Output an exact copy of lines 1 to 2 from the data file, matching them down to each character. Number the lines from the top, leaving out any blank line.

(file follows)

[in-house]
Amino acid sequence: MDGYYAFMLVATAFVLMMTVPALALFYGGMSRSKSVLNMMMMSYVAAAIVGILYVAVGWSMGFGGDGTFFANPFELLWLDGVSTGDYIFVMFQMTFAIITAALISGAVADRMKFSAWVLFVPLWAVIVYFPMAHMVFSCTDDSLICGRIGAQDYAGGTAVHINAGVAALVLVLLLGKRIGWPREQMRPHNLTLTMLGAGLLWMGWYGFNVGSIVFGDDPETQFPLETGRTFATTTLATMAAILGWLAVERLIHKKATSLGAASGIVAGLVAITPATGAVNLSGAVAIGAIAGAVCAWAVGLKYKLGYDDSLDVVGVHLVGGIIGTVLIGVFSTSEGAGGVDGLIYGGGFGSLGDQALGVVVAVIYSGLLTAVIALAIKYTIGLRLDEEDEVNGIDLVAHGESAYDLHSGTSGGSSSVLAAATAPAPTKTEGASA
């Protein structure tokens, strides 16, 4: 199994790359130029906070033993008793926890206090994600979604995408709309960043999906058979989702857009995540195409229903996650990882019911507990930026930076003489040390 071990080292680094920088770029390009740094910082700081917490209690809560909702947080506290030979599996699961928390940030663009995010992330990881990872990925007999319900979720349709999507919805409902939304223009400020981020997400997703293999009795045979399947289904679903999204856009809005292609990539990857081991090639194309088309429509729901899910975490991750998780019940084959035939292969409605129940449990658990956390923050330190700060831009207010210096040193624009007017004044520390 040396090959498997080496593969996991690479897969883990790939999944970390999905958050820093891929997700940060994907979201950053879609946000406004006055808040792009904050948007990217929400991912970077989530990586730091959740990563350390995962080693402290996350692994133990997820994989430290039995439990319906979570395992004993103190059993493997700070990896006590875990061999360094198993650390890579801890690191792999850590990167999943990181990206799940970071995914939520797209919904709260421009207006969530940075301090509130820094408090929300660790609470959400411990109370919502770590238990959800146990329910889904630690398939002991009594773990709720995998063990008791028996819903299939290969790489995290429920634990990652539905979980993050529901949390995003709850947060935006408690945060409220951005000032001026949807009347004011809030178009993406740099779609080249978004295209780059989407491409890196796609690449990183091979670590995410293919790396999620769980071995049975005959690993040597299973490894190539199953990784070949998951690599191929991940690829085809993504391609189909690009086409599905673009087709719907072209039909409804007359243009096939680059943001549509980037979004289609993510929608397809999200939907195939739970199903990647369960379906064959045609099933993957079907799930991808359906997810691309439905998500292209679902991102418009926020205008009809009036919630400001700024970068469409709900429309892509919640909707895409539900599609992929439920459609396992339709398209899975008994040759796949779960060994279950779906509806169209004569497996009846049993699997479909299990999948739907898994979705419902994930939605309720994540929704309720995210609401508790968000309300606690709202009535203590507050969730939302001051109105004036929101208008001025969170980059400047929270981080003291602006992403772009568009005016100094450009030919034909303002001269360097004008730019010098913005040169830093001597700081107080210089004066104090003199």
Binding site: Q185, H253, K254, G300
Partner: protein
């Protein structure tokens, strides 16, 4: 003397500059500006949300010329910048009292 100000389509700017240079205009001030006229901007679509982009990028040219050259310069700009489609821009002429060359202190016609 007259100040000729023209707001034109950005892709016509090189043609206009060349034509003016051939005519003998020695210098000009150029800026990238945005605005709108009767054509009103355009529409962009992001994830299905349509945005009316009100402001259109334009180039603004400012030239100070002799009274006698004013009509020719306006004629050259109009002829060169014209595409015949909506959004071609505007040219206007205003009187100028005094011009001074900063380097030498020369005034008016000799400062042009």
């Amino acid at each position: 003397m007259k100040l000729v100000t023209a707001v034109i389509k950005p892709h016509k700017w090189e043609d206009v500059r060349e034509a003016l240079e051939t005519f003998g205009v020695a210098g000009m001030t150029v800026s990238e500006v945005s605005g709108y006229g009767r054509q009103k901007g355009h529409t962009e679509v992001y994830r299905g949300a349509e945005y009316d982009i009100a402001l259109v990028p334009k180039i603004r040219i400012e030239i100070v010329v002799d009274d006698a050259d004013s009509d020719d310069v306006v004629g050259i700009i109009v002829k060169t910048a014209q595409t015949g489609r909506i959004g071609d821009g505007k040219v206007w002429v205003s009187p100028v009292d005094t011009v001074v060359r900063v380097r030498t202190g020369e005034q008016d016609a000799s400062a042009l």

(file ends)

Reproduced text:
[in-house]
Amino acid sequence: MDGYYAFMLVATAFVLMMTVPALALFYGGMSRSKSVLNMMMMSYVAAAIVGILYVAVGWSMGFGGDGTFFANPFELLWLDGVSTGDYIFVMFQMTFAIITAALISGAVADRMKFSAWVLFVPLWAVIVYFPMAHMVFSCTDDSLICGRIGAQDYAGGTAVHINAGVAALVLVLLLGKRIGWPREQMRPHNLTLTMLGAGLLWMGWYGFNVGSIVFGDDPETQFPLETGRTFATTTLATMAAILGWLAVERLIHKKATSLGAASGIVAGLVAITPATGAVNLSGAVAIGAIAGAVCAWAVGLKYKLGYDDSLDVVGVHLVGGIIGTVLIGVFSTSEGAGGVDGLIYGGGFGSLGDQALGVVVAVIYSGLLTAVIALAIKYTIGLRLDEEDEVNGIDLVAHGESAYDLHSGTSGGSSSVLAAATAPAPTKTEGASA